Archaeologists Unearth Ancient Egyptian Wine Cellars in Nile Delta
If you couldn't already tell by their party-ready eyeliner (OK, fine, it was full of lead, but work with us here), ancient Egyptians knew how to have a good time. The latest proof: archaeologists recently uncovered wine cellars dating back to the Greco-Roman period (a.k.a. the time from Egypt's fall to Alexander the Great in the 4th century B.C. to the Islamic conquest in the 7th century) in the Nile Delta, Yahoo News reports. According to the Egyptian Ministry of Antiquities, the dig took place in Tel Kom al Trogy, a region north of Cairo known for similar discoveries (its ancient residents were all about fine wines).
Sadly, there was no actual wine left in the cellars. But we do have some details on how ancient Egyptians kept their bottles fresh: the storage rooms, which were constructed from mud-based bricks, had irregularly-shaped limestone blocks inside to control the temperature.
In other really old wine news, last May, archaeologists found what is believed to be the earliest known winery in an Armenian cave. According to National Geographic, the 6,100-year-old facility contained a wine press for stomping grapes, fermentation and storage vessels, drinking cups, and withered grape vines, skins, and seeds. Ancient wine expert Patrick E. McGovern (a biomolecular archaeologist at the University of Pennsylvania Museum in Philadelphia) told the publication that the discovery was "important and unique, because it indicates large-scale wine production, which would imply, I think, that the grape had already been domesticated."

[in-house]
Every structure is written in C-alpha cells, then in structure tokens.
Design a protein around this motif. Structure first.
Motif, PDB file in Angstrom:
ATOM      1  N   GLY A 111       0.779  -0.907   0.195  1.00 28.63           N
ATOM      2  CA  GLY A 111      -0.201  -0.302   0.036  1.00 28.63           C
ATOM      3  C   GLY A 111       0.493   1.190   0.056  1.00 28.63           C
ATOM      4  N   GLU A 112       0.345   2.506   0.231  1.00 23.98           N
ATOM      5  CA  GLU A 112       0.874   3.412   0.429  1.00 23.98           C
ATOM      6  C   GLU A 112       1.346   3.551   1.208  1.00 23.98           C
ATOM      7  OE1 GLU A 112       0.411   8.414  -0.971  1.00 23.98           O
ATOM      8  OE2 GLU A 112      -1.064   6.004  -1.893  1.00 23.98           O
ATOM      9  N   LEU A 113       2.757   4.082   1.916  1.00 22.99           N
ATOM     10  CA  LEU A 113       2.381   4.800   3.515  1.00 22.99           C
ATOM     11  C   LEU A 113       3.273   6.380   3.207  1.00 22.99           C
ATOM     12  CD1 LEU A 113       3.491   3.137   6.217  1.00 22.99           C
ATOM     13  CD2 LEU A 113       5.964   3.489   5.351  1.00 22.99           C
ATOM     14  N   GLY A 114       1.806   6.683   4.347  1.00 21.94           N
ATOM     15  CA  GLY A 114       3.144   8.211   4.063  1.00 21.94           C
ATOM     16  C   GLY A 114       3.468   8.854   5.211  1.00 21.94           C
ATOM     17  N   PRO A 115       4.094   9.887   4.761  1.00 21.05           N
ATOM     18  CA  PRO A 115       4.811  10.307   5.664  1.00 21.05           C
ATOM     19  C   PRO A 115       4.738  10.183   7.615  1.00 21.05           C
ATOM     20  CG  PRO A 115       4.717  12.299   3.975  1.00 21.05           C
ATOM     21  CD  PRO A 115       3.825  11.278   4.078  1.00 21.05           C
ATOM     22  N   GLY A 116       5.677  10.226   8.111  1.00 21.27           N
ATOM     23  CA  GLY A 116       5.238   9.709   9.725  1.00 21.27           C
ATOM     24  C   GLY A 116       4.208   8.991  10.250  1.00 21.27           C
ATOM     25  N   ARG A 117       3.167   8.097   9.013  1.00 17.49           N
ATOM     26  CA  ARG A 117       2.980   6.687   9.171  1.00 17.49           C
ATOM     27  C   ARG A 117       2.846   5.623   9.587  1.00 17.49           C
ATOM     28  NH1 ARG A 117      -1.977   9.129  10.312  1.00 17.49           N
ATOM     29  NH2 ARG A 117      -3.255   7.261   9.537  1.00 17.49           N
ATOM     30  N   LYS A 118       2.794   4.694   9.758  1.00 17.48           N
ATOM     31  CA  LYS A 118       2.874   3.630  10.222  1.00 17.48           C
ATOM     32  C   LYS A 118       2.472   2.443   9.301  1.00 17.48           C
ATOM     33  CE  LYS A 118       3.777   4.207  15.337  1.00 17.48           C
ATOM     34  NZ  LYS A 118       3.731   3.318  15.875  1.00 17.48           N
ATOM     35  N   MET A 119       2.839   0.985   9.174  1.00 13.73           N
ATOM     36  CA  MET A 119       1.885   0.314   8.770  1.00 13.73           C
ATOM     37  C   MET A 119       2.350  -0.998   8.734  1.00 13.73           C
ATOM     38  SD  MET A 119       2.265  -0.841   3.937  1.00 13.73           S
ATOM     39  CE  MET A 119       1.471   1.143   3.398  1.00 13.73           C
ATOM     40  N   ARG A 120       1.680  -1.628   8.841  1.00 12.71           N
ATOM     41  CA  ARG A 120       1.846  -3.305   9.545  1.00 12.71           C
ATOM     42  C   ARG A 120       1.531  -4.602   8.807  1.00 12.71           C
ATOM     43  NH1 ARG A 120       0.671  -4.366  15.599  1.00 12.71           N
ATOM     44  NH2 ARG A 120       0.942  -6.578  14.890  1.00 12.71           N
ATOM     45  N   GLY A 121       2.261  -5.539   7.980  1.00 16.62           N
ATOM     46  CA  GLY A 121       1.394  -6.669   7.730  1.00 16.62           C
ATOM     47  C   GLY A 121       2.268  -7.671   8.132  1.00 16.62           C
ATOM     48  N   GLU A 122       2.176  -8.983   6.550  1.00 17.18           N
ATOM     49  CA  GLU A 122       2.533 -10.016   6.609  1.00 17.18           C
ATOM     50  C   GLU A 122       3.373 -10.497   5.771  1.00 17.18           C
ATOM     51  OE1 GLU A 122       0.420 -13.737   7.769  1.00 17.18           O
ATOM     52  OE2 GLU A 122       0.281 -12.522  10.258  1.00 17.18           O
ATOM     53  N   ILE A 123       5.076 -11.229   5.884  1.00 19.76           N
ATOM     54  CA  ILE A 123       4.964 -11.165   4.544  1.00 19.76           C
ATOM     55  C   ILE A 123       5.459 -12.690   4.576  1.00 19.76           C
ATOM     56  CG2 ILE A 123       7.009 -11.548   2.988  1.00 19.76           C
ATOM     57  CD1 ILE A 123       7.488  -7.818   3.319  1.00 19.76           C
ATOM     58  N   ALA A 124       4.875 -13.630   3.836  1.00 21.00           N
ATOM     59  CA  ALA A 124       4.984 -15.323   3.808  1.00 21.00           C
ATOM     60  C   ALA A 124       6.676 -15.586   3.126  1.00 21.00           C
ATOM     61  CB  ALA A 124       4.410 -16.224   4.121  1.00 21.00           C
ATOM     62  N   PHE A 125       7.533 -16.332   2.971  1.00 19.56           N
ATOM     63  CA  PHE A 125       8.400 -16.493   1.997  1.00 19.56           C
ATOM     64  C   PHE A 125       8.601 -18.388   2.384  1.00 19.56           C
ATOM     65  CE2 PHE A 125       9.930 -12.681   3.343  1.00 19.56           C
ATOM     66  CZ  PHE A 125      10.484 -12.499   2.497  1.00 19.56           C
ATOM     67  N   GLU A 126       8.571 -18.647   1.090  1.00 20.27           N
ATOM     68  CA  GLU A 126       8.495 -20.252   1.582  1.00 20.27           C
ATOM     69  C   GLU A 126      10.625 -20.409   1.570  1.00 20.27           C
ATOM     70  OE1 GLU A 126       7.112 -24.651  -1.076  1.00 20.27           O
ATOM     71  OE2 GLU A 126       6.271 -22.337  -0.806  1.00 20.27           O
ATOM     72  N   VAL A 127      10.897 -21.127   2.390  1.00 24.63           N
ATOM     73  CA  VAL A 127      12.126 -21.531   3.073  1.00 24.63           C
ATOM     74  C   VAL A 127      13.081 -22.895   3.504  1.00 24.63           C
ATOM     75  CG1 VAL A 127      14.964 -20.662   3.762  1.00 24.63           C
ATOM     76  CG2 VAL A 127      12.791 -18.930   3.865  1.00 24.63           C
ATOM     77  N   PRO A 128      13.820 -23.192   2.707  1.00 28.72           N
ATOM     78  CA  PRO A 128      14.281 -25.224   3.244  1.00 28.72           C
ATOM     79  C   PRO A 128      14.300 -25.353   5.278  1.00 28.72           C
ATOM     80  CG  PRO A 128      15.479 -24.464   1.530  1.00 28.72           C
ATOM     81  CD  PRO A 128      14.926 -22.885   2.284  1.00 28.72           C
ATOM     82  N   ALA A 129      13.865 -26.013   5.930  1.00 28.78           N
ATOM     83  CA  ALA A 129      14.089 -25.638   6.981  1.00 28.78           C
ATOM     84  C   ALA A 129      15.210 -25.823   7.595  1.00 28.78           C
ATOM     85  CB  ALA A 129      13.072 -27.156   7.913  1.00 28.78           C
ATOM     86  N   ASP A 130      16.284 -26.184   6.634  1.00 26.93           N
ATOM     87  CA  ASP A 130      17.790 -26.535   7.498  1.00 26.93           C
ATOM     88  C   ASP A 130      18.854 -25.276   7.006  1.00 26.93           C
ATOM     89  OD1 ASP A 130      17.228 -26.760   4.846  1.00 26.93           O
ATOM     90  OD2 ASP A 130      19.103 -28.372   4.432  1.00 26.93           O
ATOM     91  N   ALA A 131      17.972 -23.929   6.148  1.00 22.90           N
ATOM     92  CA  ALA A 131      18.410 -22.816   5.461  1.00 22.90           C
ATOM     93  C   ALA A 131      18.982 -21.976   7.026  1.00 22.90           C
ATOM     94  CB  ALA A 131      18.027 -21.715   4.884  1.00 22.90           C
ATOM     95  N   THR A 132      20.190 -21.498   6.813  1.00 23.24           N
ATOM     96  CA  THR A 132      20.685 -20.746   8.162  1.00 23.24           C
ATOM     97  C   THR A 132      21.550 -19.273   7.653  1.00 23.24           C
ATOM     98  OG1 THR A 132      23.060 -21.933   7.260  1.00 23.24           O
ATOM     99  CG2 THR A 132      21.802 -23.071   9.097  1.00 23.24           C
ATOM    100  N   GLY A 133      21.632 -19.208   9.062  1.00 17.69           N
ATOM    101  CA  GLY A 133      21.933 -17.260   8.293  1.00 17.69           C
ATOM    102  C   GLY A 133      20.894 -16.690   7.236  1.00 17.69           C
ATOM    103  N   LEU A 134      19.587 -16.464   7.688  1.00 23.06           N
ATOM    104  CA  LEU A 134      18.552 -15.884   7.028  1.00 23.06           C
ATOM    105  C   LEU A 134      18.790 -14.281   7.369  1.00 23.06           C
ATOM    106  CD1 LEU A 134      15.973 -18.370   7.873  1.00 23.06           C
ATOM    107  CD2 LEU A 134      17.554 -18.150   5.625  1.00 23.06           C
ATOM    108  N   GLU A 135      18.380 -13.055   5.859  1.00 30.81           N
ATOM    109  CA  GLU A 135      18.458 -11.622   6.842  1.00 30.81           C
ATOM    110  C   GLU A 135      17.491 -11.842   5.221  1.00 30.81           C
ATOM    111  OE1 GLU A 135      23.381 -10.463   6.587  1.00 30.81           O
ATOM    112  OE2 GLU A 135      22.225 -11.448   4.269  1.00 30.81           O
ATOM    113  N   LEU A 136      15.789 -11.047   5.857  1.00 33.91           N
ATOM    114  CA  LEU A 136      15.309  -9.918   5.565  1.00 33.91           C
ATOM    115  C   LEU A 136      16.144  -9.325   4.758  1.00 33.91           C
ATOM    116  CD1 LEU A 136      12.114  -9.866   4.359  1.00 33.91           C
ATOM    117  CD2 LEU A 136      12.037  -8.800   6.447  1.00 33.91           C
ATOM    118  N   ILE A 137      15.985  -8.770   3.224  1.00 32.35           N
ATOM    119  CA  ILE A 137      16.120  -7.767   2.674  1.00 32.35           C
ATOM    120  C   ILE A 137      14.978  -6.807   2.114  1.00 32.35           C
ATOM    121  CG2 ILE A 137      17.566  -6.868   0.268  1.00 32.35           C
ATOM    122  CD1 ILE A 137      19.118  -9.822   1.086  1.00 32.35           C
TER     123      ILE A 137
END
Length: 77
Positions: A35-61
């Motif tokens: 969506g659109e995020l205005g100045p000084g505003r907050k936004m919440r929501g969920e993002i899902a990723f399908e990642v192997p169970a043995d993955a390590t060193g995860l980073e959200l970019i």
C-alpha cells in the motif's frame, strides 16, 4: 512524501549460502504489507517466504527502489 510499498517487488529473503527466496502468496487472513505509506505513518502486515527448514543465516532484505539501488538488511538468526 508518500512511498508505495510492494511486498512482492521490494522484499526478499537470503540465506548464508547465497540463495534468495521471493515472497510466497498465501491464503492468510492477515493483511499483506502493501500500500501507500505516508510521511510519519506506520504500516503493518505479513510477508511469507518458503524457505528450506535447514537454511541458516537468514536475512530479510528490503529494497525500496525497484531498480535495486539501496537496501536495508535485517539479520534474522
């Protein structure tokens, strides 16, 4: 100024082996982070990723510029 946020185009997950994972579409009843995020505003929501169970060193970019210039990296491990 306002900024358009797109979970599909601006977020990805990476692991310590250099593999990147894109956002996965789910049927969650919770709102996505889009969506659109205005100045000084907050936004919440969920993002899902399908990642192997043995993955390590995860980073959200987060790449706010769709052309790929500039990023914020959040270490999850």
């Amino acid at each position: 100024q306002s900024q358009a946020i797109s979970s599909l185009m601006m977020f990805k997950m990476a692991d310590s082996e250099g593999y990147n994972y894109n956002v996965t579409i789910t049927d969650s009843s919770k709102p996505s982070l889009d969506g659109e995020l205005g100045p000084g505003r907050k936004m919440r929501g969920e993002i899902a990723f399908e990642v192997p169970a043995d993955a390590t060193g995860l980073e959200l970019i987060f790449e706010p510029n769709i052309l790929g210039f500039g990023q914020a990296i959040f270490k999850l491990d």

McGovern thinks the wine produced in that cave was made from Areni grapes, specifically, which are distant ancestors of Pinot Noir grapes. (So, ancient Armenians preferred a dry red.) But, the wine probably contained tree resin (which was used as a preservative in ancient times), making it more like a Greek retsina, which is still made with tree resin to this day.